When you press the remote's Input button, up comes a scrollable list of inputs to help you move the TV's attention from your DVD player to your game console to broadcast or cable channels. Nothing unusual about that, but the TC-L42D30's Input screen has some nice touches. From this screen, you can assign labels that will help you identify what's connected to each input. You can also select a 'Not used' label, which will save you from having to scroll past that particular input.
A separate Viera Tools button on the remote gives you a handful of convenient options. You can use it, for instance, to go to the HDTV's media player (more on that below), change the video mode, or turn on the Eco option, which can shut off the TV after 10 minutes of no signal or 3 hours of no activity.
Speaking of saving power, this Energy Star HDTV sips an astonishingly low 42 watts when on. (Many DVRs consume that much when off.) This result constitutes a PCWorld record, as the TC-L42D30 is the first HDTV to receive a PCWorld Green Score of 100. As with most modern sets, the amount of juice it drank while off was so small that our meters couldn't record it.
Perhaps the lack of Wi-Fi helps keep the power consumption down. You'll need to buy an ethernet cable or use a separate Wi-Fi adapter to get Internet access on your HDTV.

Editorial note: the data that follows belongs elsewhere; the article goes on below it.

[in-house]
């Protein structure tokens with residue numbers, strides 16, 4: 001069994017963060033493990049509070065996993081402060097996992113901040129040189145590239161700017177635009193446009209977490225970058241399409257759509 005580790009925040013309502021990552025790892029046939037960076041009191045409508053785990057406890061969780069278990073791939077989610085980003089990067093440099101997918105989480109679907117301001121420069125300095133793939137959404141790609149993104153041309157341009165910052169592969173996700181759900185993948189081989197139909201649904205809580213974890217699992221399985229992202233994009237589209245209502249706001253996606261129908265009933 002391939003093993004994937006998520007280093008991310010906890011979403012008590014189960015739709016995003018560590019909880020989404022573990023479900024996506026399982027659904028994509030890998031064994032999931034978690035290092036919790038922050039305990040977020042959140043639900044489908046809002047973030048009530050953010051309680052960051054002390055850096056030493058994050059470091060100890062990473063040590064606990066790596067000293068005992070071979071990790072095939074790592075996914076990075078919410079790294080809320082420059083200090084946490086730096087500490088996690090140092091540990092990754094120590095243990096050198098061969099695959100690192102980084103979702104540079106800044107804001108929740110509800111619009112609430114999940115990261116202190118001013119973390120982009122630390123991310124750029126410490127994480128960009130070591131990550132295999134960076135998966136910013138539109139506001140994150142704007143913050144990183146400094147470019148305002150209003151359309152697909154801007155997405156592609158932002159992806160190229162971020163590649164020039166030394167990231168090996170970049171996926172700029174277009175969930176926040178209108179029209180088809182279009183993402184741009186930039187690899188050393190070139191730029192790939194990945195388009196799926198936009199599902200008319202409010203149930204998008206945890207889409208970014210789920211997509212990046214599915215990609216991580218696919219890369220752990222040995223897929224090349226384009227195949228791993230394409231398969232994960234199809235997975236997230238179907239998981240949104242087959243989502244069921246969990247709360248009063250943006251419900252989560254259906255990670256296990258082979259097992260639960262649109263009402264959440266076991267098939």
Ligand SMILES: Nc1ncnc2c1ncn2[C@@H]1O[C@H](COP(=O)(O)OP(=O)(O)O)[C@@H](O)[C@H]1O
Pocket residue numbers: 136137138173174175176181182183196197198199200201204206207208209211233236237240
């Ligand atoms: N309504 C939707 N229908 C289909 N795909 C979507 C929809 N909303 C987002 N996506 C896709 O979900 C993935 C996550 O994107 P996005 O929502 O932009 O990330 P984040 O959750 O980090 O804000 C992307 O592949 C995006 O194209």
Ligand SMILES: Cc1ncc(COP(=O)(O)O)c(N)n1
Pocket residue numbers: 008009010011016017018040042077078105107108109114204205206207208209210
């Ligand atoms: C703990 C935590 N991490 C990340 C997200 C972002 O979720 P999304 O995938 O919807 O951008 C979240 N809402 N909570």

But once you do get connected, you'll find a nice batch of streaming video, audio, and data options. Among them are Facebook, Netflix, Pandora, Picasa, YouTube, two pay-per-view services (Amazon and CinemaNow), and weather and sports channels.
You can use the same network connection to enjoy photos, music, and videos off your computer--assuming that your computer is running a DLNA server. That's not much of a problem: Windows Media Player will work fine.
If you're not network-savvy, the TC-L42D30 also comes with both USB and SD inputs. That way, you can copy media files from your computer to a flash drive or SD Card, carry the small device into another room, and plug it into your HDTV.
Whether you use USB, SD, or DLNA, the TC-L42D30 does an exceptional job with photos. It finds all the .jpg files on your media, displays them in thumbnails, and lets you select one to view, or start a slideshow. You get plenty of slideshow options, including various transitional effects and musical choices.
It isn't so versatile with video or music, however. Rather than displaying all of the appropriate files, it forces you to drill down into folders to find movies and tunes. The only audio format it plays is .mp3. It listed but couldn't play the .mp4 files I gave it, and it didn't even see my test .avi and .mpeg files. The TC-L42D30's specs page promises support only for "AVCHD/MPEG2/JPEG/MP3 playback."
Panasonic doesn't give you much information online; as I write this, you can't even download a PDF version of the manual. Luckily, the print version that comes with the TV is well written and nicely illustrated, with a FAQ page and an index. The colorful quick-setup guide does a lot to help you get plugged in and going.
The Panasonic TC-L42D30 does many things well. But for the steep price, I'd want more.